stopped abruptly and looked around thinking someone else was there. They were
He dismounted carefully and stood the bicycle on its kick stand, all the
while watching the Barbary ape. “Impossible!” He thought. “Perhaps at one time
was a pet and, like an organ grinder’s monkey, learned a trick or two.”
“Mornin’ yourself, brother,” he answered.
The animal wedged itself comfortably in the corner of its cage and stared up
the path. It interlaced its fingers over its stomach and breathed deeply.
The old man decided to speak up ... “What’s your name?”
The ape ignored him. “Go way,” it said. Again, the old man tried to place
the voice. The words were slurred a bit - it was the lips. The ape didn’t move
its lips when it spoke.
“You’re waiting for something.”
“Char-ree.” A strange sensation trickled its way down the old man’s spine.
Was this animal making sense or was he hearing something that wasn’t there?
Suddenly the ape stood up, (it was nearly three feet tall) it looked past the
man and pointed. “Char-ree! Char-ree!,” it shouted excitedly.
The old man looked behind him and saw a man in a green uniform wheeling a
cart up the path in their direction. The ape turned and shouted through the open
door to the inside, “Char-ree! Char-ree!”
Four younger editions of Barbary apes burst through the door followed by a
larger one, an adult. They all rushed to the bars of the cage and began shouting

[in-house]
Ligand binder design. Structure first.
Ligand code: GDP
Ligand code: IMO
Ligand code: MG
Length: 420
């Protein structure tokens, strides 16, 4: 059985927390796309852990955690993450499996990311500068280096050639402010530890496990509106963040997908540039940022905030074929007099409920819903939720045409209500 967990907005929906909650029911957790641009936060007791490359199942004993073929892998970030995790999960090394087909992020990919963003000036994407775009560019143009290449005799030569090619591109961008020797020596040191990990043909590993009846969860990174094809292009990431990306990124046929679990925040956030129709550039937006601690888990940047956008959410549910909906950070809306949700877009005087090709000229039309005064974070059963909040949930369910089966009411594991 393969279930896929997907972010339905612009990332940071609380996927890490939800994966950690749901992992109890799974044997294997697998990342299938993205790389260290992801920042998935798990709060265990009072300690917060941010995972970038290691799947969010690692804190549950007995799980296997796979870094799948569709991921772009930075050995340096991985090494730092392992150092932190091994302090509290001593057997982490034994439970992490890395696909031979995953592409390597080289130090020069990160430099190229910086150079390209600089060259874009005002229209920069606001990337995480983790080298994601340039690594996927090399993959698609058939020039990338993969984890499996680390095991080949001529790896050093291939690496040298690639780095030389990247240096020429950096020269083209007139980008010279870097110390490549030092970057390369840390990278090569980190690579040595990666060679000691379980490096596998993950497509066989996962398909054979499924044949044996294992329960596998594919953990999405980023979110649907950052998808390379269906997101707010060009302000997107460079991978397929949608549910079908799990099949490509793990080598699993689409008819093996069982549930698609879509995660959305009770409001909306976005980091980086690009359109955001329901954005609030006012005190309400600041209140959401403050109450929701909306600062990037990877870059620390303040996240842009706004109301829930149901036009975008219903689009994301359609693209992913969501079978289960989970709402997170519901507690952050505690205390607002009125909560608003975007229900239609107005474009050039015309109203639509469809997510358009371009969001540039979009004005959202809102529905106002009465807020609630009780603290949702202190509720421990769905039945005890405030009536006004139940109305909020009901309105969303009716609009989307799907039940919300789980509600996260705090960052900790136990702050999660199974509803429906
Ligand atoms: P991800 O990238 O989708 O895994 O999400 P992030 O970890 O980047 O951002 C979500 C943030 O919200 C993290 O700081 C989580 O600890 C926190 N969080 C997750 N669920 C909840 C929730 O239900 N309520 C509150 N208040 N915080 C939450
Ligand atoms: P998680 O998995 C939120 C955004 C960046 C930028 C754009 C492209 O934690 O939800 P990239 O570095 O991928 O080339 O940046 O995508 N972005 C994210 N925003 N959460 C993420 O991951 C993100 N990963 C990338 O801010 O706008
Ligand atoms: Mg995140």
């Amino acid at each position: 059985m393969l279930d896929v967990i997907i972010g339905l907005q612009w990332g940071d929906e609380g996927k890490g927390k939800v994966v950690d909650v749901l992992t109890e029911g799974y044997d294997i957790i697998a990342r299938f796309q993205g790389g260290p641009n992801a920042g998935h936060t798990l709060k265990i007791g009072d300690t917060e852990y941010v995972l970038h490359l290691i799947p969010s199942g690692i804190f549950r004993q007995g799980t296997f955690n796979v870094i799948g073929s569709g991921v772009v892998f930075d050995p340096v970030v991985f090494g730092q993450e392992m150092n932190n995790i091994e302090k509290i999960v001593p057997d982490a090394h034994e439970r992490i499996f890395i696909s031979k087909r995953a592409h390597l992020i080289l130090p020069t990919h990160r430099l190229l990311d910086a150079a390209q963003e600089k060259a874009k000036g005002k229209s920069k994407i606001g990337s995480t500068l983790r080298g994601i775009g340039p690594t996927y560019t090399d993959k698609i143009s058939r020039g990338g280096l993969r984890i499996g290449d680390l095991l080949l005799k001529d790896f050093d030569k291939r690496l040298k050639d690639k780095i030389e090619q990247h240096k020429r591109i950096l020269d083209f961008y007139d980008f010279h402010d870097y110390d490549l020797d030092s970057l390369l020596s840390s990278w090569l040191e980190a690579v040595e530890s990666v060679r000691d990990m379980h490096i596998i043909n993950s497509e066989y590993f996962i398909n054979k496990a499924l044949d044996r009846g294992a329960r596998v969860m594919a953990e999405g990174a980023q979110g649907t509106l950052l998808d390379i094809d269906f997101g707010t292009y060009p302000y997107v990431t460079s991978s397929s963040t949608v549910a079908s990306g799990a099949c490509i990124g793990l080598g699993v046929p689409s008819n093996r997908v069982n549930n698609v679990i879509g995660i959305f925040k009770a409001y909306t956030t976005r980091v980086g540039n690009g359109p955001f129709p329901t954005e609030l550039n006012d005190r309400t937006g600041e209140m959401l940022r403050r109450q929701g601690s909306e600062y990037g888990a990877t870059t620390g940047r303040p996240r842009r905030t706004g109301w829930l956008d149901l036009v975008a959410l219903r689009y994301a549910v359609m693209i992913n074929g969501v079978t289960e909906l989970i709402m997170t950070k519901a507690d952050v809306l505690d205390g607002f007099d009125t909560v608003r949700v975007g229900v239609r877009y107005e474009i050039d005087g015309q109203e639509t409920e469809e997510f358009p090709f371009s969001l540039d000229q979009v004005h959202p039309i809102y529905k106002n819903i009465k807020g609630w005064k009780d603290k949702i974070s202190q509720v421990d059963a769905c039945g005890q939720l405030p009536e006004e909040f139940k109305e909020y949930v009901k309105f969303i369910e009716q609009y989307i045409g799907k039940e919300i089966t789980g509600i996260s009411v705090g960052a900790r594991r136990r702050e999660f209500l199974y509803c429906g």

in unison, “Char-ree, Char-ree,” like fans at a football game.
Earnest stepped back - not in fear, but in astonishment. He looked in wonder
at the approaching man. “Hold your horses, hold your horses,” the man said.
“I’ll be there in a jiffy. How are you guys this morning?” He turned and
smiled at Earnest who kept his bicycle between him and this improbable
“This is the Barbary family, sir. Have you been properly introduced?”
“I don’t know. I think the big one told me to go away.”
“Don’t take it to heart. He hasn’t learned the finer points yet. His name is
Bobby, by the way. Bobby the Barbary ape. He has trouble with his ‘R’s’ -
his ‘B’s’ too, when you get right down to it. And the ‘S’s’ come out ‘ssh’.
It’s all in the lips and the tongue, you see.” He stuck out his hand to
Earnest, “I’m Char-ree by the way. It’s as close as he can come to Charley.”
“Please to meet you, Charley. My name is Earnest Bookbinder. You mean these
animals can talk?”
“Yes, in a way.” The younger apes were growing impatient. Two of them were
hanging upside down from the roof of the cage. “It’s like going to a foreign